As the economic consequences of climate change begin to bite, the oil and gas sector is taking carbon capture and storage technology increasingly seriously.
As the world struggles to gain control of greenhouse gas emissions, it is slowly becoming clear that failure will be guaranteed without the large-scale use of carbon capture and storage (CCS).
Last month, the G7 set the year 2100 as the target for total decarbonisation of the global energy system. Despite strong campaigns for divestment from fossil fuels, and the growth of renewable energy, it is realistic to expect that oil, gas and coal will continue to be extracted and burnt and the emissions released into the atmosphere for the remainder of the century. This perhaps is why researchers, policy makers and even the oil bosses themselves have recently started to talk up the need for a global effort at “mitigation”.
Mitigation means CCS: trapping the CO2 produced by power generation and other industrial processes and storing it for all time beneath the surface of the Earth in exhausted oil and gas reservoirs.
The technique of injecting liquid CO2 has been used by the oil industry for more than 40 years to assist in extraction. But over the last 18 months, CCS has been invoked again and again for its potential role in the fight against climate change; it has even been referred to as the only means left by which humanity might limit future rises in temperature to within 2ºC, the level beyond which governments agree the effects of global warming would be unacceptable. Last month, Ben van Beurden, Shell chief executive, called on policy makers to support the large-scale implementation of CCS. He was echoing a view put forward by the International Energy Agency and the Intergovernmental Panel on Climate Change, which said in its last assessment report that, without CCS, the cost of mitigation would double, making the 2ºC boundary unaffordable.
The question is: can CCS live up to hopes and expectations? First, there is the developing headwind to take into consideration. Public understanding of CCS is still quite weak, but there is the potential for it to firm up into significant opposition. Anything championed by the oil industry is viewed in some quarters with outright suspicion. In particular, the movement for divestment from fossil fuels would see CCS as an industry-sponsored ruse to keep itself in business. Also, questions have been raised about cost and the long-term safety of transporting liquid CO2 and re-pressurising extinct oil and gas reservoirs. The anxieties over fracking might easily grow to encompass CCS as well.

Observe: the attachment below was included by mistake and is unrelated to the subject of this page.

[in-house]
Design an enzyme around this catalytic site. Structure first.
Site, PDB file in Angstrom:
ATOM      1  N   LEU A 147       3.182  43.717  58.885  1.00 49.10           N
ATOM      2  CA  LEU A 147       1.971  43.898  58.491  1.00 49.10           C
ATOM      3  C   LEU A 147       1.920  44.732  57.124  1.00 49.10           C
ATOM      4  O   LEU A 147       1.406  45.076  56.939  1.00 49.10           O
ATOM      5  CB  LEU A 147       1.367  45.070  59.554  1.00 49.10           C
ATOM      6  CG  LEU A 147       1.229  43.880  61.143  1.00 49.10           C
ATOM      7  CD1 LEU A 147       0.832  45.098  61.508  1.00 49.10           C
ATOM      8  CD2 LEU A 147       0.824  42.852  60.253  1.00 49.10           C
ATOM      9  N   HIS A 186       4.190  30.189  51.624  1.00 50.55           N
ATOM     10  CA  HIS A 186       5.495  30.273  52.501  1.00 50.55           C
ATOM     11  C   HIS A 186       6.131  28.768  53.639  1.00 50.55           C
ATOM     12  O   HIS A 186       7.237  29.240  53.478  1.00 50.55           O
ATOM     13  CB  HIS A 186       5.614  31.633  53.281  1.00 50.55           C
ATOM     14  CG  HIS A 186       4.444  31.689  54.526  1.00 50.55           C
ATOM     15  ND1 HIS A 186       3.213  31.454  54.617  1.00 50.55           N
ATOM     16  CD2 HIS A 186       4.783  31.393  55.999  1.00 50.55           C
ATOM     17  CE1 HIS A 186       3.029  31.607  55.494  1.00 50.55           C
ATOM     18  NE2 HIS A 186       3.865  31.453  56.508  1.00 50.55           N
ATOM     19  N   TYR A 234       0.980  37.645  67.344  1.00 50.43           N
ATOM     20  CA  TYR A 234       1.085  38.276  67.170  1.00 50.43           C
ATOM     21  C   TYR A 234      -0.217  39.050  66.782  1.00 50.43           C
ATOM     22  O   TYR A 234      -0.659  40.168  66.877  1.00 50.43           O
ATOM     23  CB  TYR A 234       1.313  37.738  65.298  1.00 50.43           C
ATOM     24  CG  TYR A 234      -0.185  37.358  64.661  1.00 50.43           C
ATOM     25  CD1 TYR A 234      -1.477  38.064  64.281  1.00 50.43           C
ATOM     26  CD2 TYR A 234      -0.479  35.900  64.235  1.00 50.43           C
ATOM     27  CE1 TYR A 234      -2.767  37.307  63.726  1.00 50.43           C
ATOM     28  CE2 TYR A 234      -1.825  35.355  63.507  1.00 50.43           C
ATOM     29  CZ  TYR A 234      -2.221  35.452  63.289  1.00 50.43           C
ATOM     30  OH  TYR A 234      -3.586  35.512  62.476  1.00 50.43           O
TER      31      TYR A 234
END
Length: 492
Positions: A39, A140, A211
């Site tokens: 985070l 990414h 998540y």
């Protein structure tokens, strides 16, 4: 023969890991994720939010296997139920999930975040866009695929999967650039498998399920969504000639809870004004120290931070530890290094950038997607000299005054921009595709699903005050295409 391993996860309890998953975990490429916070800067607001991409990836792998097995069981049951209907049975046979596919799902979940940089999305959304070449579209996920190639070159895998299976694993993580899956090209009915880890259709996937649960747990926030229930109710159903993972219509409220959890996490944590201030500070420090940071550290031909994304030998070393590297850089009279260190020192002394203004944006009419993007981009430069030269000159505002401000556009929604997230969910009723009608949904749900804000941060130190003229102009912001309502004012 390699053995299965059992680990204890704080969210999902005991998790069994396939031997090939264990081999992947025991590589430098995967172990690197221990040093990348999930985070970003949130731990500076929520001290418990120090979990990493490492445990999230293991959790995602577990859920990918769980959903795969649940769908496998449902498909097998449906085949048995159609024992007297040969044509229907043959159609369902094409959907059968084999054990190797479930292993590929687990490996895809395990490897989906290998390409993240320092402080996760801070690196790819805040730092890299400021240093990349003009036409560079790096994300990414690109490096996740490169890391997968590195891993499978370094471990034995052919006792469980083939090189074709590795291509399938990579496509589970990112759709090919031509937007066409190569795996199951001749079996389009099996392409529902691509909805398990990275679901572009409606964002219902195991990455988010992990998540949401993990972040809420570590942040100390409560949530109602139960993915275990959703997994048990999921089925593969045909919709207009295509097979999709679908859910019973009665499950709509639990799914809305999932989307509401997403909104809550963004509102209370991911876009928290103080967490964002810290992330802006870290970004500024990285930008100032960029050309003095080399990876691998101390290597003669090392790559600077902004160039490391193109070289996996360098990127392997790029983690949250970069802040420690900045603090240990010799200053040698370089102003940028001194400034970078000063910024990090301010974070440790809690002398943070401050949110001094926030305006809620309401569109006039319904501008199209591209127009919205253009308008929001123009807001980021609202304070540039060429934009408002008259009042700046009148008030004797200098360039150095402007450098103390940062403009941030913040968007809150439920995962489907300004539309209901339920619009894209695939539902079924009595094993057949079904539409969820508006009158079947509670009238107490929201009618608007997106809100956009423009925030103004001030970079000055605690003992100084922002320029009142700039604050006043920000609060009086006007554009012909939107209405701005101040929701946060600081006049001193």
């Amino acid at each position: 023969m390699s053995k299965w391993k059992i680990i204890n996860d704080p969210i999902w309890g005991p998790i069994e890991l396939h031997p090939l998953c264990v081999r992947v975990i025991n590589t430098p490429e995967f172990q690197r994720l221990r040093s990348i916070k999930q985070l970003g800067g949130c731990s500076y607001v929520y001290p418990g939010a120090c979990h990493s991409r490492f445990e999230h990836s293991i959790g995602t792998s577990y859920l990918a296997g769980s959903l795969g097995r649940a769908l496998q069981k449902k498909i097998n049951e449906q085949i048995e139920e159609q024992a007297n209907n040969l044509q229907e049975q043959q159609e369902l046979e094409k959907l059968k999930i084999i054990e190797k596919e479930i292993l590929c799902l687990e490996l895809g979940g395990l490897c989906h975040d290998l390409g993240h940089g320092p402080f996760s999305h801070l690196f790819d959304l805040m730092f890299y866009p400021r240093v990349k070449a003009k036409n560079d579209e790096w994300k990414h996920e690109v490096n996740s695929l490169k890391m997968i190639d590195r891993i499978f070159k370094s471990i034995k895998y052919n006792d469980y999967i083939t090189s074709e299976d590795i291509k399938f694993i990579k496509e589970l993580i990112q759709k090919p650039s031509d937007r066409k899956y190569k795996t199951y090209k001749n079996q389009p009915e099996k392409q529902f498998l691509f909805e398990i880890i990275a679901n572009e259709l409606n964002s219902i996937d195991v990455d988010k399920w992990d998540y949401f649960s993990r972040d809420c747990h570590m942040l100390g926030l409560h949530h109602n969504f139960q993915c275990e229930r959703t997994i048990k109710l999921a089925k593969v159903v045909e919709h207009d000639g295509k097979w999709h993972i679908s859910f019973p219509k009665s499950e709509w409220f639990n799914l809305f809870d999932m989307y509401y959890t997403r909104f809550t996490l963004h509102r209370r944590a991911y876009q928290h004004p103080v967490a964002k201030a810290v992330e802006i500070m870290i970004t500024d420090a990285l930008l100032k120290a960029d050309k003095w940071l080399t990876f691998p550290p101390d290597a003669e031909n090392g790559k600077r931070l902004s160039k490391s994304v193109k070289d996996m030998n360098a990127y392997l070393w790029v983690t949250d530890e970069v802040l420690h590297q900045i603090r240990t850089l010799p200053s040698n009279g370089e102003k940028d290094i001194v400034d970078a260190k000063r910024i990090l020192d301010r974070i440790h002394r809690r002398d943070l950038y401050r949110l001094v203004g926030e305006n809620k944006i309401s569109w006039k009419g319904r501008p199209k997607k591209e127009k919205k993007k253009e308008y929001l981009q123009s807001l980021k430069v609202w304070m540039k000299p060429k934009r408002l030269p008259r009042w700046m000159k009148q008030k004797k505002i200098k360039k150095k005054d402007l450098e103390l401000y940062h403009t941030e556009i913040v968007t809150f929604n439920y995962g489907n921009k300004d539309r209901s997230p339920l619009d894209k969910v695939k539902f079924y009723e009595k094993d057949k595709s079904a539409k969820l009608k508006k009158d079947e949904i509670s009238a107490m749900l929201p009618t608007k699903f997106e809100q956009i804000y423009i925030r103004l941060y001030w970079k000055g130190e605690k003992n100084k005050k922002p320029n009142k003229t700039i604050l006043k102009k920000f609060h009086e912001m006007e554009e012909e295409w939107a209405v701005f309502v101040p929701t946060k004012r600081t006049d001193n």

The next problem is that progress is slow. According to the latest survey by the Global Carbon Capture and Storage Institute, there are 22 large-scale projects around the world, but these are primarily demonstration and development ventures. A report published last year by Carbon Tracker and the Grantham Research Institute on Climate Change at the London School of Economics said that 3,000 large-scale CCS plants would be required by 2050 to limit warming to acceptable levels.
So there is an urgent need for investment and government support to get the ball rolling. This must be followed by the implementation of an effective carbon trading scheme to sustain CCS long term, according to the oil industry.
In Shell’s CCS demonstration projects portfolio we have several roles
“In the absence of a well-working emissions trading scheme, CCS will need capital grants to support construction and Opex support to ensure the plant with CCS operates,” a spokesman for Shell said earlier this month. “In the long term, we expect that effective carbon pricing will drive sufficient CCS deployment. What will furthermore be valuable is a long-term signal that the technology has a role to play in achieving countries’ decarbonisation targets.”
But what is the fossil fuel sector doing to progress CCS? Shell, for example, is involved in a range of projects. “In Shell’s CCS demonstration projects portfolio we have several roles. Sometimes we are the operator of a project; sometimes the joint venture partner. Our aim is to advance a range of different CCS technologies and so reduce costs and optimise efficiency, over time.”
Shell and ExxonMobil are partnering with Chevron in the world’s largest CO2 storage project, associated with the Gorgon LNG field off the coast of Western Australia. The project is expected to capture three to four million tonnes of naturally occurring CO2 each year and store it in a sandstone formation around 2.5km below the ground.
Meanwhile, construction is nearing completion on Shell’s Quest CCS project in Alberta, Canada. The company said that Quest will capture one million tonnes of Quest will capture one million tonnes of CO2 per year from the Scotford Upgrader, a plant that turns bitumen into synthetic crude oil using hydrogen per year from the Scotford Upgrader, a plant that turns bitumen into synthetic crude oil using hydrogen; in total 35 per cent of the plant’s current CO2 emissions will be stored underground.
Shell Cansolv, the CCS technology provider, is also involved in the Boundary Dam CCS project in Saskatchewan, Canada. A retrofitted plant is expected to capture one million tonnes of CO2 per year from one of Boundary Dam’s refurbished combustion units. The captured CO2 will be used for enhanced oil recovery.
In May 2012, Gassnova SF (a Norwegian CCS developer), Statoil ASA (a Norwegian oil and gas company), Sasol and Shell opened the Technology Centre Mongstad, which has been testing two different carbon capture technologies on a large scale, up to 100,000 tonnes per year.
“Testing CO2 capture technologies at scale is a critical step in scaling up CCS, supporting cost reduction through learning over time, providing the opportunity to assess the relative merits of different capture technologies and obtaining valuable learning for the design and execution of large-scale commercial integrated CCS projects,” said the spokesman.